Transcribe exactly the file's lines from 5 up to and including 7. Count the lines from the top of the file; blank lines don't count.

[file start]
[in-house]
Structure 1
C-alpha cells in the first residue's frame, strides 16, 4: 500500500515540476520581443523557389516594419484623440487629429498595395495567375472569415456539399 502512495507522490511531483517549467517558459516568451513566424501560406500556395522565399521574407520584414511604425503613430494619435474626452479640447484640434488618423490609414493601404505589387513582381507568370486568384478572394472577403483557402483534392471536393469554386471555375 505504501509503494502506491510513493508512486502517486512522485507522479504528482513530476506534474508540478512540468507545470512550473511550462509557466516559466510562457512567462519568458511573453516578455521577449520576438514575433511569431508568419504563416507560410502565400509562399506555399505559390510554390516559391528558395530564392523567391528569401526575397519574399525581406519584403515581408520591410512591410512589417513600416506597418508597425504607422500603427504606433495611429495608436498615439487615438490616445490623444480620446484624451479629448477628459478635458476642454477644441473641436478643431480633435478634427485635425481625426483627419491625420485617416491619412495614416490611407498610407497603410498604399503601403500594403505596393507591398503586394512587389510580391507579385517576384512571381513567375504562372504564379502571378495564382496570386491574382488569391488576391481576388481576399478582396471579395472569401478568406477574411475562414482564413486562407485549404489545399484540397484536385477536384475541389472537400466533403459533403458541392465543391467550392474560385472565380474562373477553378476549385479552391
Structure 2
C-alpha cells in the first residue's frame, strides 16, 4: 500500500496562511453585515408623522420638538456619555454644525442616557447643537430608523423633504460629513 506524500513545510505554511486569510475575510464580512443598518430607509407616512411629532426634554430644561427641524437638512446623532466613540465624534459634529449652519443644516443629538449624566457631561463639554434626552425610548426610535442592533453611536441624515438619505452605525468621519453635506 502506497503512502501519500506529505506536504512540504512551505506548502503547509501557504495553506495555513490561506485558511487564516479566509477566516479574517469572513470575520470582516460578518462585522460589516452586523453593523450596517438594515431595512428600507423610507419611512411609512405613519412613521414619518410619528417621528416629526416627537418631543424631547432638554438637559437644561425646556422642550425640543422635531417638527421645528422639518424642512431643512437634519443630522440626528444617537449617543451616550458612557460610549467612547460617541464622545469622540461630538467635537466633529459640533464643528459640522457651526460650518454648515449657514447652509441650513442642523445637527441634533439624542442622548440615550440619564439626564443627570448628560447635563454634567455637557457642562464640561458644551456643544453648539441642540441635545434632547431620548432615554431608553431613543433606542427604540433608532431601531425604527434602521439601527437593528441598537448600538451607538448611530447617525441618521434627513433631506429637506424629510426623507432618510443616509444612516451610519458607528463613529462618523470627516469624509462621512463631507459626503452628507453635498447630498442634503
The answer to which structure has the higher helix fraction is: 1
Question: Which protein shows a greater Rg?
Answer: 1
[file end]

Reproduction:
C-alpha cells in the first residue's frame, strides 16, 4: 500500500496562511453585515408623522420638538456619555454644525442616557447643537430608523423633504460629513 506524500513545510505554511486569510475575510464580512443598518430607509407616512411629532426634554430644561427641524437638512446623532466613540465624534459634529449652519443644516443629538449624566457631561463639554434626552425610548426610535442592533453611536441624515438619505452605525468621519453635506 502506497503512502501519500506529505506536504512540504512551505506548502503547509501557504495553506495555513490561506485558511487564516479566509477566516479574517469572513470575520470582516460578518462585522460589516452586523453593523450596517438594515431595512428600507423610507419611512411609512405613519412613521414619518410619528417621528416629526416627537418631543424631547432638554438637559437644561425646556422642550425640543422635531417638527421645528422639518424642512431643512437634519443630522440626528444617537449617543451616550458612557460610549467612547460617541464622545469622540461630538467635537466633529459640533464643528459640522457651526460650518454648515449657514447652509441650513442642523445637527441634533439624542442622548440615550440619564439626564443627570448628560447635563454634567455637557457642562464640561458644551456643544453648539441642540441635545434632547431620548432615554431608553431613543433606542427604540433608532431601531425604527434602521439601527437593528441598537448600538451607538448611530447617525441618521434627513433631506429637506424629510426623507432618510443616509444612516451610519458607528463613529462618523470627516469624509462621512463631507459626503452628507453635498447630498442634503
The answer to which structure has the higher helix fraction is: 1
Question: Which protein shows a greater Rg?